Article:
Isle meetInternational climate researchers are planning a 15-year program to work together to try to understand long-term climate changes.
makes strides in
International scientists devise
a plan to study how the ocean
Taking the ocean's pulse
By Helen Altonn
"The legacy I hope we would be leaving here is an observing system and beginning of a rational attempt to sample the ocean," said Robert Weller, a senior scientist at the Woods Hole Oceanographic Institute.
Weller led a weeklong workshop here last week, attended by world-wide scientists involved in the Climate Variability and Predictability Project, an international program aimed at learning how to better predict climate.
The International Pacific Research Center, a U.S.-Japan climate program at the University of Hawaii, hosted the meetings.
"I like to think we can look back in 10 or 15 years and say us CLIVAR guys did a good thing -- that we found a way to sample what is being put in and stored in the ocean in terms of heat and how it is moved around," said Weller, a physical oceanographer.
John Gould, director of the International CLIVAR Program in Southampton, New England, said a working group of about a dozen international specialists will be established "to really drive this thing forward."
He said the group will plan computer modeling experiments and plan and coordinate observations of the atmosphere and ocean to get a better understanding of how the Pacific Ocean works and how processes within it affect climate, not just in the Pacific but around the world.
The researchers want to be able to predict climate changes that occur from year to year and decade to decade as well as short seasonal events, such as India's devastating monsoons.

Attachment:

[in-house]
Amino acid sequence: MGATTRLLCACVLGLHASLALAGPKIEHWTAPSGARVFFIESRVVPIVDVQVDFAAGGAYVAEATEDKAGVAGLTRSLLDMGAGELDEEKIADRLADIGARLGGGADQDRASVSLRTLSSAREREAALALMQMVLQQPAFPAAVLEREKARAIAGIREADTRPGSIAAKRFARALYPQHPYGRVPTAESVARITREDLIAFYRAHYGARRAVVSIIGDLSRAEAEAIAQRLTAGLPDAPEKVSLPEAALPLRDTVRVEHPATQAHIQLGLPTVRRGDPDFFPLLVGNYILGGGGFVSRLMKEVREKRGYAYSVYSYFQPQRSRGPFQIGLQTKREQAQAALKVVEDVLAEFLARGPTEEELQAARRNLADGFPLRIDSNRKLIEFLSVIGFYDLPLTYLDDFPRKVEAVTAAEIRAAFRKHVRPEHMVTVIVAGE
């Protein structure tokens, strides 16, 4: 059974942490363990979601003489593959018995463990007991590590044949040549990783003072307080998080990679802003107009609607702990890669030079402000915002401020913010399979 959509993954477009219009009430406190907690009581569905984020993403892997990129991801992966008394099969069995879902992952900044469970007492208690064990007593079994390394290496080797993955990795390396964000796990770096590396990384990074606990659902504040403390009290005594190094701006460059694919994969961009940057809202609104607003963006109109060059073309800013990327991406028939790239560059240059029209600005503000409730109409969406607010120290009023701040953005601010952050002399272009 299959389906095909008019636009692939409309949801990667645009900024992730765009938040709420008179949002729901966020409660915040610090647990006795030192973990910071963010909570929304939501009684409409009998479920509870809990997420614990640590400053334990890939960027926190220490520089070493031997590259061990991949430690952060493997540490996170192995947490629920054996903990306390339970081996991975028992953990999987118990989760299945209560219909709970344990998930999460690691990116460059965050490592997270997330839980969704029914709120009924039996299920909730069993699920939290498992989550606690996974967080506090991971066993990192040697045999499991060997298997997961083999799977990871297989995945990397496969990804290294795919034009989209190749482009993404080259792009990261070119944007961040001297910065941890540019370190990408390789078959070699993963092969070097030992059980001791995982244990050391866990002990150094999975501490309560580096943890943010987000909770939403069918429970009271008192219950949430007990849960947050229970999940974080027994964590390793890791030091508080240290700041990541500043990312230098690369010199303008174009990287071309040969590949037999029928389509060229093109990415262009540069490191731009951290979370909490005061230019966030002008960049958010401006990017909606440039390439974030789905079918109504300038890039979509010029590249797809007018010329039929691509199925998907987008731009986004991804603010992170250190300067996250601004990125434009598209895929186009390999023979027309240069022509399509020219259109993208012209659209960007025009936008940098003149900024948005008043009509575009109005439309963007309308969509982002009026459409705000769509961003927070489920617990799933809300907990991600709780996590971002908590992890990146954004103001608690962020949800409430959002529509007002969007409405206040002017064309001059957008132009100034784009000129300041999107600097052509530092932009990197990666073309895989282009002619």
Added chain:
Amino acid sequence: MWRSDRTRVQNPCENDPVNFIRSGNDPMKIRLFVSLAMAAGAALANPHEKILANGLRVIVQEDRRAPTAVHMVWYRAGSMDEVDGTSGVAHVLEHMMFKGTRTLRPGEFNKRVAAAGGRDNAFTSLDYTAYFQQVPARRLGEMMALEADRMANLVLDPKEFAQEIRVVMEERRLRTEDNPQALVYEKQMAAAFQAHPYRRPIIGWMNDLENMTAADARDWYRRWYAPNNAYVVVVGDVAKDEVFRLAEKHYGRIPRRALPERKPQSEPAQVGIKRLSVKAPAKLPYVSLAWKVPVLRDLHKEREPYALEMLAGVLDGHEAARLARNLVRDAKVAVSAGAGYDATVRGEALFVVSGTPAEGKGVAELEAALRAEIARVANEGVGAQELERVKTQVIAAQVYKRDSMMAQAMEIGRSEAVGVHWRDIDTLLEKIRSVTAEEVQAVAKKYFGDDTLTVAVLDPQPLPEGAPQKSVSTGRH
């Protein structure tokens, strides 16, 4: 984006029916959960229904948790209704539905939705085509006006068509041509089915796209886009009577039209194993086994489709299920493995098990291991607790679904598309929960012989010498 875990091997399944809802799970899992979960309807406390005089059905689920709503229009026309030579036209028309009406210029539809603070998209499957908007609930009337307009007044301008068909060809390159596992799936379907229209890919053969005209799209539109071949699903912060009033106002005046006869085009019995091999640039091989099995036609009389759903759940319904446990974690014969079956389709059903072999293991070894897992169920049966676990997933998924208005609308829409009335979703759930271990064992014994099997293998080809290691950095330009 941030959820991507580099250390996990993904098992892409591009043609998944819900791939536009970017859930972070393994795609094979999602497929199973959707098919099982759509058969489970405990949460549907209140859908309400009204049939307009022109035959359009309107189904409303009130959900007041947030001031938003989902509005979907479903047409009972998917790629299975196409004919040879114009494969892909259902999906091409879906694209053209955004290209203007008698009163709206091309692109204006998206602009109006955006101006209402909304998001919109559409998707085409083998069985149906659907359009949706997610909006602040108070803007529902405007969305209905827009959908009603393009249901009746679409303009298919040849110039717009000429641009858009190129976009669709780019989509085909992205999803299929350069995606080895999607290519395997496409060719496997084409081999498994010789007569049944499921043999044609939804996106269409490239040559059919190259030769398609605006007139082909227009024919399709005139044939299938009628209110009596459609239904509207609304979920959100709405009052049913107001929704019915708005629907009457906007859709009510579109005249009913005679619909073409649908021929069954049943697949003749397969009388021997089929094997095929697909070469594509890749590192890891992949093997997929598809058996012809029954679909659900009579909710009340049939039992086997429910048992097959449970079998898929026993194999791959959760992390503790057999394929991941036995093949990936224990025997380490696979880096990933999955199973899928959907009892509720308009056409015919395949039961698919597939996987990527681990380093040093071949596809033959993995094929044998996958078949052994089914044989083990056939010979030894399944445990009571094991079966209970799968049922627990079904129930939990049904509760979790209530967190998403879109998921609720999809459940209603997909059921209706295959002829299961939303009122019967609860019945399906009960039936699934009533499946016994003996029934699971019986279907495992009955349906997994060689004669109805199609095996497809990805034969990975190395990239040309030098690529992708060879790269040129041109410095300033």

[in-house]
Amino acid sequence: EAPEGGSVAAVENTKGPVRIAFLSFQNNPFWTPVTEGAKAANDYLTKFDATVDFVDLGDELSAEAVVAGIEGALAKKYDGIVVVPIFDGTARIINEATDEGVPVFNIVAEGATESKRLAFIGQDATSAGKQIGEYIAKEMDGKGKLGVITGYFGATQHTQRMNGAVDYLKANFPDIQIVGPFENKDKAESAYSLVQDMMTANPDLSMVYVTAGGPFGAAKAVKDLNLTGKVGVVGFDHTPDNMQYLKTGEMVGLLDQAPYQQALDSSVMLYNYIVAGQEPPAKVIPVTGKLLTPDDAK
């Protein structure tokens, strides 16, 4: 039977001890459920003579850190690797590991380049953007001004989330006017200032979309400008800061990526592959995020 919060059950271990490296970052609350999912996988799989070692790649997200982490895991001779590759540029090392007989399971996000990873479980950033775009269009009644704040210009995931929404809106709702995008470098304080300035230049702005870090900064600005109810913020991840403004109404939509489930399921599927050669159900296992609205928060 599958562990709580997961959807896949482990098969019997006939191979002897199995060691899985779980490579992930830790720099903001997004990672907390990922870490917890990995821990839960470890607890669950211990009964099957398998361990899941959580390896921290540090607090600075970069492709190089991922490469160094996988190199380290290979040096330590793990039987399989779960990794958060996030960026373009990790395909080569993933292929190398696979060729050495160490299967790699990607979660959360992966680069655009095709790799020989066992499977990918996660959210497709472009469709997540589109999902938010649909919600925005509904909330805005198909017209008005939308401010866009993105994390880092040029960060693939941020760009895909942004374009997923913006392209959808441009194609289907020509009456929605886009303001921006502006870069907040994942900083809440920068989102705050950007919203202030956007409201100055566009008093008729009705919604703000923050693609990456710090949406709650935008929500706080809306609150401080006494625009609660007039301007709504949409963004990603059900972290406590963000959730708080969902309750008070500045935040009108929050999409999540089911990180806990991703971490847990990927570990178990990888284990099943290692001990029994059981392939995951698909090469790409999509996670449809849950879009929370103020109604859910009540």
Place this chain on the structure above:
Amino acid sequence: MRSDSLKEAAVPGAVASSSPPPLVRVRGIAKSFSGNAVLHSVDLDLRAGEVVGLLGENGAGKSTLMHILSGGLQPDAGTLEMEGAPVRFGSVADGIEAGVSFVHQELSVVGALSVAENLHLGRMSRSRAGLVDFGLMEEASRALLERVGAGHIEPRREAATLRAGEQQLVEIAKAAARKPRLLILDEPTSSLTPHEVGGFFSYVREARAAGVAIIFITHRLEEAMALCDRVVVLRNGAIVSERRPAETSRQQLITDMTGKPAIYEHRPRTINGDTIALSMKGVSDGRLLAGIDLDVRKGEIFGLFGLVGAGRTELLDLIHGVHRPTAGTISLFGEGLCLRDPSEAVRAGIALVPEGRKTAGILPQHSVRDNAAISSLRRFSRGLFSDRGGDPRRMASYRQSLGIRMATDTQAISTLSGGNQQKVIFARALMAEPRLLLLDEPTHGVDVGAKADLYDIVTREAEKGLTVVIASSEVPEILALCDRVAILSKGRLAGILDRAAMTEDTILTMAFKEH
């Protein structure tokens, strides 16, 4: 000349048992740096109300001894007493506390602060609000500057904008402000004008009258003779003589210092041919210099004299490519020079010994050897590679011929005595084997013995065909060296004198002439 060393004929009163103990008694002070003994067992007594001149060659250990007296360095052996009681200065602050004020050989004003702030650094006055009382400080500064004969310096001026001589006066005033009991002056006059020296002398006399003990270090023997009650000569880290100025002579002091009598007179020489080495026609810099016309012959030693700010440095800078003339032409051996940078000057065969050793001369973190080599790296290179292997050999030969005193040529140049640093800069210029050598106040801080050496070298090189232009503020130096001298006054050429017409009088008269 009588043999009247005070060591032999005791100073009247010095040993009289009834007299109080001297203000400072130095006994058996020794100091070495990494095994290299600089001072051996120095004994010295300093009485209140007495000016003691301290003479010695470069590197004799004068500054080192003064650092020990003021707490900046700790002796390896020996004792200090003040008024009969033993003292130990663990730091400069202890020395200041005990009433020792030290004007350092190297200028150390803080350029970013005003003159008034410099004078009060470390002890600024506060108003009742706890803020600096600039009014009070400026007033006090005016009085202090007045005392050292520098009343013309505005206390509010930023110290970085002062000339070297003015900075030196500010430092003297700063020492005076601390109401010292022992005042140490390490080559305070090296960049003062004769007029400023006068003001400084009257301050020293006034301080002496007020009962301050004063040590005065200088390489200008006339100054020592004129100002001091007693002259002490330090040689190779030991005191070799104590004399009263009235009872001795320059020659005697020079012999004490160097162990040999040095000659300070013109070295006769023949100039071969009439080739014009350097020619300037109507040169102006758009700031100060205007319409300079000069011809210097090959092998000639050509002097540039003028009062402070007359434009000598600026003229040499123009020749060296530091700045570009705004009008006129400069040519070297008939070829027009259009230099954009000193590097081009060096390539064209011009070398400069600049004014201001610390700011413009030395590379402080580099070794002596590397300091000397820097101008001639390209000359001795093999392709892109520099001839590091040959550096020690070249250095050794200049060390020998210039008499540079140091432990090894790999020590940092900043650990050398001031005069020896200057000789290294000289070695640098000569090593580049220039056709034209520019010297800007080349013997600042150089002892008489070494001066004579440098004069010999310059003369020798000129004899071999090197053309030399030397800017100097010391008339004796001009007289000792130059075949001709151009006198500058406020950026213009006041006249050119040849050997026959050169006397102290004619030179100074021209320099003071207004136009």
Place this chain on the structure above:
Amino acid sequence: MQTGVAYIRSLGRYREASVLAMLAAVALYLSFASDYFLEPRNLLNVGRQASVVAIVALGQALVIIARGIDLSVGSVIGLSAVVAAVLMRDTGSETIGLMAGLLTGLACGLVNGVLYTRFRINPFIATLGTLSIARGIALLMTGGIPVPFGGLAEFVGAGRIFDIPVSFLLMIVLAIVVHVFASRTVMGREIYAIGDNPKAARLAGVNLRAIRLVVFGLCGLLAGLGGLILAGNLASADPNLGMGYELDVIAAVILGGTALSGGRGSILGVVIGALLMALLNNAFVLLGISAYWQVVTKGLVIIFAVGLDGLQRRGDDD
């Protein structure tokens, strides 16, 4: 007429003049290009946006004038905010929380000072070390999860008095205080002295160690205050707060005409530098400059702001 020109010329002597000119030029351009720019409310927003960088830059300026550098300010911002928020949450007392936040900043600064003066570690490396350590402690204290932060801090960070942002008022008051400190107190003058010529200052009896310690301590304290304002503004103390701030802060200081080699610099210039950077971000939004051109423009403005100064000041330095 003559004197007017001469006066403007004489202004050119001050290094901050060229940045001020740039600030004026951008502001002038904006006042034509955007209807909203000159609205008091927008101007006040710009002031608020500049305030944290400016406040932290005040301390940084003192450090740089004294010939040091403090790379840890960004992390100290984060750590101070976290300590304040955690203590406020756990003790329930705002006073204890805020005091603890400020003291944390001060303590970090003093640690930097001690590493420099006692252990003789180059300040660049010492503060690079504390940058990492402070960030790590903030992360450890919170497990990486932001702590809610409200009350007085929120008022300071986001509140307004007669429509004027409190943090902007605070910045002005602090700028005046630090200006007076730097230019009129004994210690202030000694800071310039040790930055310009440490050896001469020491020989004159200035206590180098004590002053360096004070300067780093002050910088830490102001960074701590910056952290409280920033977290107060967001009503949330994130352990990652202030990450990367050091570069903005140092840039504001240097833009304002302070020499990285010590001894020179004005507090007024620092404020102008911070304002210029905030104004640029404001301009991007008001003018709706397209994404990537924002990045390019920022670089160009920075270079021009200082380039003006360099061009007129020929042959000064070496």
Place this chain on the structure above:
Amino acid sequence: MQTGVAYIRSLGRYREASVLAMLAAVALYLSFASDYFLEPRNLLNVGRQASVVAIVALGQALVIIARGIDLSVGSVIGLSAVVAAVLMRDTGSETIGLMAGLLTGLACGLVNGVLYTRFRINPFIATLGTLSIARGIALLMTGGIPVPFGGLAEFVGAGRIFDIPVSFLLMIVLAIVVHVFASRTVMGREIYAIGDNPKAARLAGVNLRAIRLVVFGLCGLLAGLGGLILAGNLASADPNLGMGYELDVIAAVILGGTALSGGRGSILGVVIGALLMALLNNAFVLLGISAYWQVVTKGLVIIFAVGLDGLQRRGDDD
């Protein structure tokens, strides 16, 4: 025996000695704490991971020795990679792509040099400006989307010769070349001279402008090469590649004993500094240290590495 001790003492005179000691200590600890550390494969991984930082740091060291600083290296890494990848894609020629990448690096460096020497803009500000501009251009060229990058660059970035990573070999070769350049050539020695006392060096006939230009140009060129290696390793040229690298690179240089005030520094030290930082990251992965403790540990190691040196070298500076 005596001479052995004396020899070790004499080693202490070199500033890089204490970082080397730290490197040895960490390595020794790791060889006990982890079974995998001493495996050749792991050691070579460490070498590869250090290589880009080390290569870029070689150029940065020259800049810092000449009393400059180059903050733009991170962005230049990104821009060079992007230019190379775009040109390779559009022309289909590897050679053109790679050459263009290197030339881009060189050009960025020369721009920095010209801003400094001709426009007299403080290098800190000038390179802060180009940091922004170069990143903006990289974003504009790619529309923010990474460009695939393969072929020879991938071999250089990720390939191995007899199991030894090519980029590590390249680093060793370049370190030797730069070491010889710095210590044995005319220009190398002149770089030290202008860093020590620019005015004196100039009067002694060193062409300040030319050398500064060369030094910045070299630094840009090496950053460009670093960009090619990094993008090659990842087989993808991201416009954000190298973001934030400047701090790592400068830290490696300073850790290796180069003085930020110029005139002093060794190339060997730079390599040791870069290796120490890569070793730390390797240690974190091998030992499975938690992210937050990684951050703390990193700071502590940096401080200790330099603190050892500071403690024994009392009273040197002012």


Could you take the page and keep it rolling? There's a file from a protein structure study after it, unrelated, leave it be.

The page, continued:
One of the challenges, Gould said, is to understand things on a scale of 10 years when instrumental records of climate variability go back about 150 years.
So to look at long-term climate, the scientists are seeking data from tree rings, coral rings, ice cores and sediments, he said.
Ancient records of temperature show climate has been very stable over the past 1,000 years until the last 150 years, when temperatures started to climb, he said.
If predictions are right, he said, "We are going into uncharted territory."
Even if politicians and industries acted to control greenhouse gases, global warming still would occur because gases getting into the ocean are trapped in the ocean for hundreds of years, Gould said. Two elements are involved in improving climate predictions -- observations and computer models, and both are getting better every year, he said.
Much progress was made in the 1980s with an array of moored buoys and observations from volunteer observing ships, he said.
Another new tool, he said, is an international effort called Argo to launch 3,000 observation buoys around the world's seas to measure the temperature and salinity of the oceans.
A new tool in the ongoing effort to better understand the weather is Argo, a network of floating sensors designed to track ocean pulses.
Taking the oceans pulse
Scientists hope to get 3,000 devices deployed to aid both long-term research and forecasting. The network is named Argo because it complements the ocean-observing satellite Jason, a joint NASA-French project. Argo was the ship of the mythical Greek seafaring hero Jason.
Although the Pacific's El Nino and La Nina phases are best known, other ocean temperature and current cycles set up climate patterns that endure for several seasons, years, even decades. But the equipment for tracking temperatures and currents has been sparse, relying on a patchwork of voluntary observations from commercial ships, a few buoys and satellites.
Argo partners include Canada, Japan, Great Britain, France, Germany, India, New Zealand and South Korea.
On the Net: http://www.argo.ucsd.edu
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